Tampa Bay Sports Day

Hall of Fame Detroit Tigers Broadcaster Honored Posthumously By WFUV

Ernie Harwell was one of three giants honored for a lifetime of superior work in their chosen craft at WFUV’s annual Spring Gala at Gotham Hall on Wednesday, May 5. For each of the past three years, Fordham University’s radio station WFUV, (90.7 FM), has honored three individuals during its annual fundraiser. On Wednesday, Bob Scheiffer received the Charles Osgood Lifetime Achievement Award,  Levon Helm received the WFUV Sound & Vision Award and Harwell would have been given  the Vin Scully Lifetime Achievement Award. Unfortunately, Harwell passed away at his home in Michigan on the day before his honor was to be bestowed.

The 92 year-old sports broadcaster had been diagnosed with cancer less than a year ago. Harwell opted not to receive surgery. He courageously battled the disease without losing his good humor or strong religious faith. Al Kaline, one of the greatest players in Detroit Tigers history and a member of the Baseball Hall of Fame since 1980 accepted the award for his longtime friend. Kaline recalled his first meeting with Harwell, “I met him as a Baltimore broadcaster in 1954. We became friends right from the start. “Kaline played with the Tigers from 1953 through the 1974 season and was a broadcaster for the team from 1975 through the 2002 season. Thus, he was in close proximity with Harwell for decades, even though the two worked together in the broadcast booth for only one year. His advice to Kaline was expressed in words he himself always followed, “He told me to be myself, and to be as honest as I can.” He vividly recalled to reporters a four day cruise the two men and their wives took. It was during those days that Kaline truly realized the breadth and depth of Harwell’s interests and his knowledge of so many subjects.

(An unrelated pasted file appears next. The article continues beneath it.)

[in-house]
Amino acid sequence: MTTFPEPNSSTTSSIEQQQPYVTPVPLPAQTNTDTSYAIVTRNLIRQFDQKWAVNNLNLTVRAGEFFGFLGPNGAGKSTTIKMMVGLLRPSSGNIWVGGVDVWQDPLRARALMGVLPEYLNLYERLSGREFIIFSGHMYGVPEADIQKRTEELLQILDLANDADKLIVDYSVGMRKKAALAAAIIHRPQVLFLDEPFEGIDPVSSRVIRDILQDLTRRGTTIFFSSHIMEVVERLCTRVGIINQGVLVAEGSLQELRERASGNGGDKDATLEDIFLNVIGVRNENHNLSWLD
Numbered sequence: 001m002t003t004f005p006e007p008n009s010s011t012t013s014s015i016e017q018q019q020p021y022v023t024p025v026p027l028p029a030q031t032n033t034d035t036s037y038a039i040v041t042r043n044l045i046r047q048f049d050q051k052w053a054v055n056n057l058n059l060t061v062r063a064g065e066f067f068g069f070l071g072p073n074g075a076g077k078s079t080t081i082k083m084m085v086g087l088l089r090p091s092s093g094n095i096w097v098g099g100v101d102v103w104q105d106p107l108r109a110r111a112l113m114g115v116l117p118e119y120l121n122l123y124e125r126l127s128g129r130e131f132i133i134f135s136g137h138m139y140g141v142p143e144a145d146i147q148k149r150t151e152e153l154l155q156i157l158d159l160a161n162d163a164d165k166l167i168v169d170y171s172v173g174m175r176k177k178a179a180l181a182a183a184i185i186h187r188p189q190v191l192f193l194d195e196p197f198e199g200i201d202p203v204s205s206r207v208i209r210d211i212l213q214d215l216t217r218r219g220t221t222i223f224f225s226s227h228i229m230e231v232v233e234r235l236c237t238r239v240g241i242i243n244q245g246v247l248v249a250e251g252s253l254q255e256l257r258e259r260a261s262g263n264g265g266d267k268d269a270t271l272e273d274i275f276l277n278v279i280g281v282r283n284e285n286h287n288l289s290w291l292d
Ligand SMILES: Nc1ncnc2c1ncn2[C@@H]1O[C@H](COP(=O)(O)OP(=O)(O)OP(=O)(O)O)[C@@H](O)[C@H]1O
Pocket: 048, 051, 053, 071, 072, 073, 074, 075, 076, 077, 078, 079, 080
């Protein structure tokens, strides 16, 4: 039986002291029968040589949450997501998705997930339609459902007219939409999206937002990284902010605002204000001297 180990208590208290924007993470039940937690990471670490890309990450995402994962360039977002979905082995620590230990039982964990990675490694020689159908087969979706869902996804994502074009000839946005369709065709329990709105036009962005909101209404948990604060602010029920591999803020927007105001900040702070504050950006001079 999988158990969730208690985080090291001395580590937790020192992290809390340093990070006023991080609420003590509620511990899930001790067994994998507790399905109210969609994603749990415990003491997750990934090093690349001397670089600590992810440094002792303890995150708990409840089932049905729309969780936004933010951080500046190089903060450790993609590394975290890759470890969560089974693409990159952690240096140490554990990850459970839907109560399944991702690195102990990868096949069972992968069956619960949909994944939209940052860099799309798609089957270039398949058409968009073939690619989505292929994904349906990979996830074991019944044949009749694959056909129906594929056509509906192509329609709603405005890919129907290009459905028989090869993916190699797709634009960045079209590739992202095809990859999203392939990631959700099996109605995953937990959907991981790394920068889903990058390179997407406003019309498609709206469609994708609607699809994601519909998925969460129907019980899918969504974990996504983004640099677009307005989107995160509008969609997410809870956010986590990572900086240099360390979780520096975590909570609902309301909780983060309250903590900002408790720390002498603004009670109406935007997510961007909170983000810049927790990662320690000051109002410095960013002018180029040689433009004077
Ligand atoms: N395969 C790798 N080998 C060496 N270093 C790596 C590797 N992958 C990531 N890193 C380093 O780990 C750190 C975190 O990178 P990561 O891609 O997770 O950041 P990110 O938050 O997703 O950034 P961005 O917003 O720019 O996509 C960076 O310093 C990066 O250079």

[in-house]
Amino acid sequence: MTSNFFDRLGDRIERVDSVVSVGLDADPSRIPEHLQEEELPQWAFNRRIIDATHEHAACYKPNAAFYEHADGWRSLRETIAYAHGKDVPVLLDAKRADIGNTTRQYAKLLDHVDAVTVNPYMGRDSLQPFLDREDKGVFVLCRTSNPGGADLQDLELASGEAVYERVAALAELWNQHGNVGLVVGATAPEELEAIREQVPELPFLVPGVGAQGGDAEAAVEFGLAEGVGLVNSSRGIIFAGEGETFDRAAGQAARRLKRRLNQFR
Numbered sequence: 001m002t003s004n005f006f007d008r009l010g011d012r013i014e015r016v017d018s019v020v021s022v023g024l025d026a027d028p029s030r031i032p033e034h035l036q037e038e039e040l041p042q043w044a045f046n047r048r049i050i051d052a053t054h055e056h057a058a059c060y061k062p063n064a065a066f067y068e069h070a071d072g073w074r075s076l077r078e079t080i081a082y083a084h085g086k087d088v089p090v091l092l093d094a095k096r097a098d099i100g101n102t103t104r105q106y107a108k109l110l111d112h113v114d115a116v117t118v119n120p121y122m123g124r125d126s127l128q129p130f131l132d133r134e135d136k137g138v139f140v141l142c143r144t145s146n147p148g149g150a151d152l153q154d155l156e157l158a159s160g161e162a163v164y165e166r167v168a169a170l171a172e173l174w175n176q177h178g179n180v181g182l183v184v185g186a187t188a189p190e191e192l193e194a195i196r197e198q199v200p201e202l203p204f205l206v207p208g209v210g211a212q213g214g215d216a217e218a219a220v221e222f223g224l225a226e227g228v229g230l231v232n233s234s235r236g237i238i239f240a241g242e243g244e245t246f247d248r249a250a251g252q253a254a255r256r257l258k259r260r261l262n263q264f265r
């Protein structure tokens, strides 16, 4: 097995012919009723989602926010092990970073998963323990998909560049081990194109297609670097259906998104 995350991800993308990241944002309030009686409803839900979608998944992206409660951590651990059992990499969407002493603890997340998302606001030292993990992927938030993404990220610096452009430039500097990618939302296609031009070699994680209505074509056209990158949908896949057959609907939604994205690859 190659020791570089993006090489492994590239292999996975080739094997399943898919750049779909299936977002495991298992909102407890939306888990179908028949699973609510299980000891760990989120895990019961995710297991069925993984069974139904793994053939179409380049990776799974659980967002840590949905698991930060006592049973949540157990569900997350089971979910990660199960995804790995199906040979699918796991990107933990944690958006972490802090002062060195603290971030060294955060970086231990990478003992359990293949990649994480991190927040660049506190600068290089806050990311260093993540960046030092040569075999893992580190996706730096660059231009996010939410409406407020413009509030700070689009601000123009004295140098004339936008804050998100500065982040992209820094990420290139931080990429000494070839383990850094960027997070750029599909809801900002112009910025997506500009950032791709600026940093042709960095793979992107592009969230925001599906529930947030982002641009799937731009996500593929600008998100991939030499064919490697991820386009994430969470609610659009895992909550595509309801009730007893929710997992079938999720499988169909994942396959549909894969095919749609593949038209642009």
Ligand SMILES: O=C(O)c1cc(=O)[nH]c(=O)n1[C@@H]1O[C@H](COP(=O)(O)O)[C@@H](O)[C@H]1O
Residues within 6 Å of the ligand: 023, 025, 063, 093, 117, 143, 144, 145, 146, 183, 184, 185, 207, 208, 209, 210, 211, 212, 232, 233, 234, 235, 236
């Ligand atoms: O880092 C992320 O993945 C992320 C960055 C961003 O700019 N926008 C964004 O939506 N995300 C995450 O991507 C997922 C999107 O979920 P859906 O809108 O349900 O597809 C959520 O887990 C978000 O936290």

Harwell became connected to the sport of baseball as a young boy in Atlanta when he served as a batboy for the minor league Atlanta Crackers. After graduation from Emory University, Harwell began work as a newspaperman. He was broadcasting games on the radio for Atlanta when he was ‘traded” to the Brooklyn Dodgers for a minor league catcher, Cliff Draper. He travelled north to replace the ailing Red Barber during the 1948 season. After two seasons with the Dodgers, Harwell was replaced by a young graduate of Fordham University, Vin Scully. It’s interesting to note, as Scully would say, that more than six decades later, Harwell would be granted an award in Scully’s name by the Fordham University radio station. Harwell would have been pleased to be a recipient of the honor. Kaline related, “Ernie told me that he thought Vin Scully was the best broadcaster he ever heard.”

Harwell’s career did not end after parting with the Dodgers. He remained in New York City calling games for the New York Giants from 1950-1953. When Baltimore gained a Major League franchise in 1954, Harwell broadcast Orioles games through 1959. In the following year, he began his long association with the Detroit Tigers. He did play-by-play for the Tigers through the 2002 season with the exception of the years 1991-93 when the team’s then ownership replaced him. During the 1992 season, he worked for the California Angels. Although he broadcast other sports and nationally broadcast baseball games, he is most closely associated with Detroit.

Kaline said of Harwell, “He was the most revered and loved person in sports in the state of Michigan.” The Detroit baseball superstar described the qualities that made Harwell stand out as a broadcaster, “[The qualities are] the way he interacted with the fans, his knowledge, his love of baseball and the way he told stories. The one thing I think is missing today are broadcasters who can tell stories. He knew the game was first and ego didn’t get in the way.” The accomplished CBS newsman Bob Sceiffer, another of the evening’s honorees said it was special to get an award with Harwell, “He [Harwell] loved baseball and he loved people. He did his homework and always knew what he was talking about.” Scheiffer recalled listening to Harwell broadcast Tigers game when the station’s signal was strong at night and marveling at Harwell’s skill.

Even more important than Harwell’s skills as a broadcaster were his qualities as a special human being. Kaline remembered, “He was a person you could feel comfortable with. He was that way we everybody. He always had a smile. I’ve known him and celebrate the kind of man he was. We were lucky to have him. {His death] is like losing a parent.”